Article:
“This is better than marriage counseling.” I said to my husband. We laughed but, it seemed, reality hung in the air. Truth is, it really was.
There seems to be a stigma about going to marriage counseling. The (woman) thinks it can change (her husband’s) habits: He’s not listening to me, no team effort, etc. He doesn’t want to go into an office and let someone else tell him how to run his life, someone he doesn’t know. That can make the husband feel very powerless, and I haven’t really heard any wives provide success stories either. Of course this is a generalization and not, under any circumstance, all-inclusive. I believe the structure we use would work for anyone. ♥ for all!
I completely respect counselors. They have an insanely difficult, stressful job. Pun intended? I’ve seen several myself, primarily for managing my own stress and acquiring an unbiased opinion of the way I’m tackling life just to make sure I haven’t jumped on the crazy train yet. (I have a tendency to overload myself.)
It’s important both parties feel like they are at the same advantage level. If the wife has been seeing someone (this sounds bad first of all) and now suddenly the husband is called in, he can feel invaded, because this counselor has a preconception about him and the husband knows nothing of them.
“Invasion underway!” husband thinks. “Fortify structures! Do not let them get to the vault!”
So how can someone expect that to be effective? The second party is on the defense.
On the opposite end of the spectrum, the husband talks to his buddies at work about his wife and what a (insert bad name here) she is, complains about all the things she’s done wrong or doesn’t do at all, or how emotional she is. I’ve worked in several fields where the majority of the time my coworkers were men. I know. I don’t judge, but if it’s said, can you blame anyone around you for hearing it? It’s just a thing. It happens. He’s comfortable with his buddies. But, when she finds out from those buddies via the questions and comments they make when they meet you at the bar or when you’re carpooling somewhere, just wait until you get home… You are so screwed.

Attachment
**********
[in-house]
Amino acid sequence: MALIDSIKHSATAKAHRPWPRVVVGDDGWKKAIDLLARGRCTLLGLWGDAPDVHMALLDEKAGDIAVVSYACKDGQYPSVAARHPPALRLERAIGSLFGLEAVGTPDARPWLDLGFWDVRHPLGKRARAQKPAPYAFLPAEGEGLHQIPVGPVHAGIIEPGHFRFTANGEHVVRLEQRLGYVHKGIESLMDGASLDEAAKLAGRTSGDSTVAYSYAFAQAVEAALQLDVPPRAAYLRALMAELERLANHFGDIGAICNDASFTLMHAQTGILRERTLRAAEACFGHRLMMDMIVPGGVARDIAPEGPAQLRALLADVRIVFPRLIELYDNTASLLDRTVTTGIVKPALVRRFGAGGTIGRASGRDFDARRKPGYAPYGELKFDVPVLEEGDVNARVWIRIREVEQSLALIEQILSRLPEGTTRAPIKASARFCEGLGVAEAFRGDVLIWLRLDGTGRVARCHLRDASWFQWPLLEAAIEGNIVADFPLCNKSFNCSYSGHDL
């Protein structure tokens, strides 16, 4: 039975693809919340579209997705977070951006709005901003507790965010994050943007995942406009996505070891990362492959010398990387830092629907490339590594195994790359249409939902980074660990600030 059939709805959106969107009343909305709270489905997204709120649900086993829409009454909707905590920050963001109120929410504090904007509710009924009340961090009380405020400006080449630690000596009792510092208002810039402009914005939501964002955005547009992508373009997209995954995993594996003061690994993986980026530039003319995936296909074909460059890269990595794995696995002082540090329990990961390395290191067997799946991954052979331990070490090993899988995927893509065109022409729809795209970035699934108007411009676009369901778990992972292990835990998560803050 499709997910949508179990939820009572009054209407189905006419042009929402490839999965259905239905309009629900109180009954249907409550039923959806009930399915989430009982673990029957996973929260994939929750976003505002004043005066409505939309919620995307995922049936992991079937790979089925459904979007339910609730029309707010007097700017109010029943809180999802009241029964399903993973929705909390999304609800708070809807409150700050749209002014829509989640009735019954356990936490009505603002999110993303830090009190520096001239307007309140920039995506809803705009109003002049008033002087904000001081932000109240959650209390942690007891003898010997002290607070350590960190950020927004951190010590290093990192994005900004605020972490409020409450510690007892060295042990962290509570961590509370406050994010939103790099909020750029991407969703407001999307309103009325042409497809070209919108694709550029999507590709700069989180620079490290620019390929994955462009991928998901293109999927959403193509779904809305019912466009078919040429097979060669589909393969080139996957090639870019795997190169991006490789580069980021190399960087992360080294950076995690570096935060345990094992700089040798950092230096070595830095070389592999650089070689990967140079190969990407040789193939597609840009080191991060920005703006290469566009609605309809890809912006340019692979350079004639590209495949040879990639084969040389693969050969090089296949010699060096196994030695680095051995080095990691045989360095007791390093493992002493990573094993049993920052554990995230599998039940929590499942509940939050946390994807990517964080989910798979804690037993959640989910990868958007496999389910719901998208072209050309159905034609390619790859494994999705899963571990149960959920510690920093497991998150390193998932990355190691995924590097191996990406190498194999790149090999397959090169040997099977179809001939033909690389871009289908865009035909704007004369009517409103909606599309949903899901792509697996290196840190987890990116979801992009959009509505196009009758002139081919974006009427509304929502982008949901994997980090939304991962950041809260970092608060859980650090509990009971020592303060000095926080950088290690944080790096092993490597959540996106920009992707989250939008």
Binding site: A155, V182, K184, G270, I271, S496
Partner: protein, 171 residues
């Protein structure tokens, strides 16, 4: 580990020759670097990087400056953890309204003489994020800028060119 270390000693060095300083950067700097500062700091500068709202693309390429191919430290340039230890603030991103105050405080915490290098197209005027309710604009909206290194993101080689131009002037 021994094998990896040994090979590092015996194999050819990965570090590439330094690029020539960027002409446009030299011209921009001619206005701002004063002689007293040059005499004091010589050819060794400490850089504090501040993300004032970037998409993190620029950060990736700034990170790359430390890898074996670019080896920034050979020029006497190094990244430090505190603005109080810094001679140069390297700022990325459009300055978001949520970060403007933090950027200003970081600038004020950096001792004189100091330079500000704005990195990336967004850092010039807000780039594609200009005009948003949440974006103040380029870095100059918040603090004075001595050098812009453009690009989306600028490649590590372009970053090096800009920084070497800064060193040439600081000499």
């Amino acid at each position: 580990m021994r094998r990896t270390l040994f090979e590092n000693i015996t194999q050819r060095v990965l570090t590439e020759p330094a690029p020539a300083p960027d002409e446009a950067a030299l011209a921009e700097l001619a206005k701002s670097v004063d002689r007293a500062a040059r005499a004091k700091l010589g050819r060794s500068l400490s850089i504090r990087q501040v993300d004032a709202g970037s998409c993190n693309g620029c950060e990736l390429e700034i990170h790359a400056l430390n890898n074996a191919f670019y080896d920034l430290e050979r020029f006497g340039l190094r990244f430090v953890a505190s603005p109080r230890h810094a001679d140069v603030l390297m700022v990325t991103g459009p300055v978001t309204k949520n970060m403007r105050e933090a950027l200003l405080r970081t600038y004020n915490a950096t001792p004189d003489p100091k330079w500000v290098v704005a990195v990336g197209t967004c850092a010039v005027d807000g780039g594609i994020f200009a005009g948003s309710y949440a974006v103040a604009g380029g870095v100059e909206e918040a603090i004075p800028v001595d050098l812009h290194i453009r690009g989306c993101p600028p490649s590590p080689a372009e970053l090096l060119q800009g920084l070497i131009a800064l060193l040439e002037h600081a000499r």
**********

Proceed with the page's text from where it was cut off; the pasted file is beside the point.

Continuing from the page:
So we’re at odds. Who do we turn to if we can’t solve problems on our own? There’s the big issue: trying to go it alone. The issue is: we’re individuals that need to work together. And we’re not.
Isn’t that what marriage is about? Being united, together, two lives become one?
This isn’t my solution but could work for you. Religious counseling has a very different reputation. Both parties can feel comfortable with the pastor-counselor because of the common belief system and knowing the pastor cares equally and will do right by the spirit, and principles of a higher power, and not the individual. It involves the element of faith, and the second spouse to get involved feels less violated if it occurs in this single to couple fashion. My husband and I both grew up in church. There is a definite cohesiveness to the bond between a couple when an over-arching set of morals presides. Since we’ve been on the road, we haven’t found an establishment. So we’re on our own.
For those not involved in religion, all you need is your own set of agreed-upon values. (Sometimes this comes in a pre-nup. But you can make it at any time.)
This is where I had my moment of realization.
What a couple needs when in distress:
- Acknowledge a problem that bothers both* parties with a single, specific goal. I can’t stress the ‘specific’ part enough.
- Find a level playing field. (Pastor, neutral friend, a counselor both people are comfortable enough with to truly open up) This can also be a set of parameters for what’s acceptable to bring to the session. Things unrelated to the problem are not to be discussed. Like bringing up the toilet seat issue when talking about something else, just so one can have more firepower. It’s a toilet seat. There are more important things to worry about right now.
- Work together to solve the problem. The problem will not solve itself. Both parties must be willing to:
- Do the work to fix the issue at hand,
- Help the other when they need it,
- Listen to feedback when it is given.
For better, for worse…
We’ve had some terrible moments. I’m not going to lie. There are a few times we thought we might not be able to hold it together. But when the truth came out that we were bothered by separate matters, or even the same one, and it was making us irritable and short with one another, we could see past the exterior stresses and realize we were still strong. We* weren’t having trouble together. The world and life were just getting to us.